Sick building syndrome, sometimes referred to as tight building syndrome is a term that was developed from the ill effects building occupants incur because of poor indoor air quality. Although there is not one specific disease that is solely attributed to (SBS). Ill health and loss of employee productivity is a major concern of poor indoor air quality.
- eye, nose or throat irritation
- dry cough, dry or itching skin
- difficulty in concentration
- sensitivity to odors
- hoarseness of voice
- cold, flu-like symptoms
- increased incidence of asthma
- shortness of breath on mild exertion
- pregnancy problems and miscarriages
- Legionnaire’s disease
- humidifier fever
- pneumonia and occupational asthma
- chest pain
Building air vents and windows are another channel in which vehicle exhaust and other pollution can enter the space. Secondary combustible products can enter the building through nearby sources. Formaldehyde, radon, asbestos, dust and lead paint can enter the structure through various means.
Indoor Sources: volatile organic compounds are the most common indoor air contaminants. Carpets, tapestries, copiers, manufactured wood products, pesticides and cleaning agents are the main sources of VOC’s. Environmental tobacco smoke, adhesives, breathable particles, combustion products from the stove, fireplace and unheated heater also increase chemical contamination.
Biological Contaminants in Sick Building Syndrome
Biological contaminants include pollen, fungi molds, bacteria, and fungi. These bio-contaminants can grow in stagnant water that has been accumulated in humidifiers, drains or anywhere that moisture has infiltrated fabrics of insulation.
Bird and insect droppings is yet another source of bio-contamination that lead to Sick building syndrome. This type of pollutant can cause fever, chills, coughing, chest tightness, muscle aches, and allergic reactions. When workers are assembled in tight quarter’s airborne illnesses can be rapidly spread from one person to another. Air conditioning systems can further exacerbate the problem by recirculating the polluted air throughout the building.
The oil embargo of 1973, pressed construction firms to create buildings more airtight, and with less ventilation to improve overall energy efficiency. The result has been that there is now less CFM per person in buildings than ventilation rates recommended by current ASHRAE 62.1-2016 standards.
Furthermore, the poor performance of existing HVAC units along with filters not being replaced as maintenance schedule recommends making the problem worse.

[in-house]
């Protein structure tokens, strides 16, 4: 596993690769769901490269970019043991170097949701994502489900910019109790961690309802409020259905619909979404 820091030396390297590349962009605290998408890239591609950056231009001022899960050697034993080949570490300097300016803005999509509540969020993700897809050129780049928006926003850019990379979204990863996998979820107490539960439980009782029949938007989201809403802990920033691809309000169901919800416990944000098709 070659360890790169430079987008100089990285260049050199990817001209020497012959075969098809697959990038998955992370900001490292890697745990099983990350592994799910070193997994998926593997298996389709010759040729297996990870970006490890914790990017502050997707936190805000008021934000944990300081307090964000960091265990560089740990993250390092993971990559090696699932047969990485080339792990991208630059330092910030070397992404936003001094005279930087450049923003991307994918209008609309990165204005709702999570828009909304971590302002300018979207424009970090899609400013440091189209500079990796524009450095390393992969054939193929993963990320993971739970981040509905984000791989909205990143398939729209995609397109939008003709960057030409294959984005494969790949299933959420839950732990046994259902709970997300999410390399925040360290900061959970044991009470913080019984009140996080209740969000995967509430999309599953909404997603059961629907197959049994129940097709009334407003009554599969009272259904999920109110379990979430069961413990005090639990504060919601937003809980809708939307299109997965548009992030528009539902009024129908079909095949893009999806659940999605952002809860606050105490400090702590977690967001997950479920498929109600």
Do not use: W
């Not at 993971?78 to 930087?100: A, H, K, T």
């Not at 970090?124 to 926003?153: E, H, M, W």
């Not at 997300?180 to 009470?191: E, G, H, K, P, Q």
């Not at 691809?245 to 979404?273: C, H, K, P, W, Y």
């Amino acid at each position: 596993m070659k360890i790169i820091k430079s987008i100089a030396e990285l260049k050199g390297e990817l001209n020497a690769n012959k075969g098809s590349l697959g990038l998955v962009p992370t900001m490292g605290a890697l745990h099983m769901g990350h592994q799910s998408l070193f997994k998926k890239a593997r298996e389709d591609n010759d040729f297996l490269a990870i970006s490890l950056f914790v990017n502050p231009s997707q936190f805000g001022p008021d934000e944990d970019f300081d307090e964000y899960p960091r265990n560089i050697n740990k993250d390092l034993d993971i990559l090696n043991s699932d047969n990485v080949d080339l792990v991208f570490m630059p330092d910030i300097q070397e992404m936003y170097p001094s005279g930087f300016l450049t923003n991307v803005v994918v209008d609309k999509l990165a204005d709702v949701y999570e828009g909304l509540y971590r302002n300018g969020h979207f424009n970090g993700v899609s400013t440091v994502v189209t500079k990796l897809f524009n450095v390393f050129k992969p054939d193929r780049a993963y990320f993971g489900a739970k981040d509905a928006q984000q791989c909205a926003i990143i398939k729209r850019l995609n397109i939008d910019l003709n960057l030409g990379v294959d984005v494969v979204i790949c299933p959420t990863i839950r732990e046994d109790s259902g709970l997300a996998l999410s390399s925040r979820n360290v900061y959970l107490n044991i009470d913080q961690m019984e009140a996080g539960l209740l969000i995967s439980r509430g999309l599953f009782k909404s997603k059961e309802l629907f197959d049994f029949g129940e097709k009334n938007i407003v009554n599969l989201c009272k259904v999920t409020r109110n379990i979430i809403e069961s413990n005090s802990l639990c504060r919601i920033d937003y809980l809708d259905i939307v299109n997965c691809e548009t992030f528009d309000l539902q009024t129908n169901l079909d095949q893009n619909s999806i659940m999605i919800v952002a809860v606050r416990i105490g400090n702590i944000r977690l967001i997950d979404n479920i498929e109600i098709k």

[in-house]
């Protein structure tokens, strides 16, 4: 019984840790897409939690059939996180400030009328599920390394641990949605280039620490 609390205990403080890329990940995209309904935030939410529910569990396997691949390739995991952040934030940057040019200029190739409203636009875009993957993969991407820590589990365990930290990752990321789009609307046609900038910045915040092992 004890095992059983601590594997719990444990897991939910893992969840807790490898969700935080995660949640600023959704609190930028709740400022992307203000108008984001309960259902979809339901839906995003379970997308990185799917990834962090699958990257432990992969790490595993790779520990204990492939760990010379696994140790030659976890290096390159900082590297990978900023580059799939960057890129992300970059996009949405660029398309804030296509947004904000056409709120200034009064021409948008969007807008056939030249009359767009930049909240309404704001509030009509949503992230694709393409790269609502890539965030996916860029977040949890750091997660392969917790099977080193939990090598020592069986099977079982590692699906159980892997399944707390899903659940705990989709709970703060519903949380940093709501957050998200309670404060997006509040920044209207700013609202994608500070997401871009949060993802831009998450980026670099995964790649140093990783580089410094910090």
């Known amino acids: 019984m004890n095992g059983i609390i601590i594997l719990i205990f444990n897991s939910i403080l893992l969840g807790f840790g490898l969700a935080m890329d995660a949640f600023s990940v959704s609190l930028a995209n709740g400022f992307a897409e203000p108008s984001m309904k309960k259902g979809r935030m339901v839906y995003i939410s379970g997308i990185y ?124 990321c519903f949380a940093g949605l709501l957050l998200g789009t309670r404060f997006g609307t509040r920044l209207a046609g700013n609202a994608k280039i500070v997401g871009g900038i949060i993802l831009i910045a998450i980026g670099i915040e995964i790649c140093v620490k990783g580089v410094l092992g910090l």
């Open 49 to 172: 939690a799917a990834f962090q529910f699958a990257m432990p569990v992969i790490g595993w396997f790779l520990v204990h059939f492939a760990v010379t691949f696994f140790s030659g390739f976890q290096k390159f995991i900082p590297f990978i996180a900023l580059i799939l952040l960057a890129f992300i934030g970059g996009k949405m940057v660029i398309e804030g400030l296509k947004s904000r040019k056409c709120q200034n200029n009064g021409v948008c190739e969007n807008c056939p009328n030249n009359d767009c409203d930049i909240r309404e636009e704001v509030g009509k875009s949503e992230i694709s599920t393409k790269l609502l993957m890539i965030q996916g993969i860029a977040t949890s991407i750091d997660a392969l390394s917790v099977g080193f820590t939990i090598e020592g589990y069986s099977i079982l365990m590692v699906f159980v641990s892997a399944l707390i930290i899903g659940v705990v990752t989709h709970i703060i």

Microwaves, TVs, and computers emit electromagnetic radiation that ionizes the air. Electrical cables, without proper grounding, also create powerful magnetic fields that have been linked to cancer.
PREVENTION AND CONTROL
Today’s commercial buildings are designed and built with energy efficiency in mind. New construction techniques and materials used for the shell of the building minimize heat gains and losses and prevent the unwanted infiltration of moisture-laden outside air from entering the space, thereby decreasing the cost of space conditioning.
To maintain the latest ASHRAE ventilation requirements, owners/operators of commercial buildings generally have to depend on up-sized packaged rooftop HVAC systems not only to condition the recirculating air but to also bring in fresh OA to meet IAQ requirements. This results in larger equipment investments and higher operating costs.
A simpler, more effective solution is a 100% dedicated outside air system (DOAS) from United CoolAir Corporation working in conjunction with a sensible heating/cooling system. United CoolAir Corporation’s Alpha Aire, OmegaAir, and Modulaire 100% outside air units are stand-alone systems designed to meet the OA requirements for today and years to come. Traditional HVAC systems are designed primarily to handle design sensible loads and are not adequately designed for the high latent loads produced by outside air. The UCA DOAS units are designed to exclusively handle the large latent ventilation load and deliver “neutral” air of 72°F to 75°F @ 50% RH. DOAS units supply air dew point design temperature is lower than standard air conditioners to remove the maximum amount of moisture before delivery to the space.
By separating the sensible load from the latent load, the Outside air unit removes the moisture from its primary source and fresh outdoor ventilation air at the lowest cost. Units can further assist the main space-conditioning unit by handling some of the smaller internally generated amounts of latent and sensible loads that naturally build from occupants and other sources. The result is better IAQ at a lower cost and healthier buildings.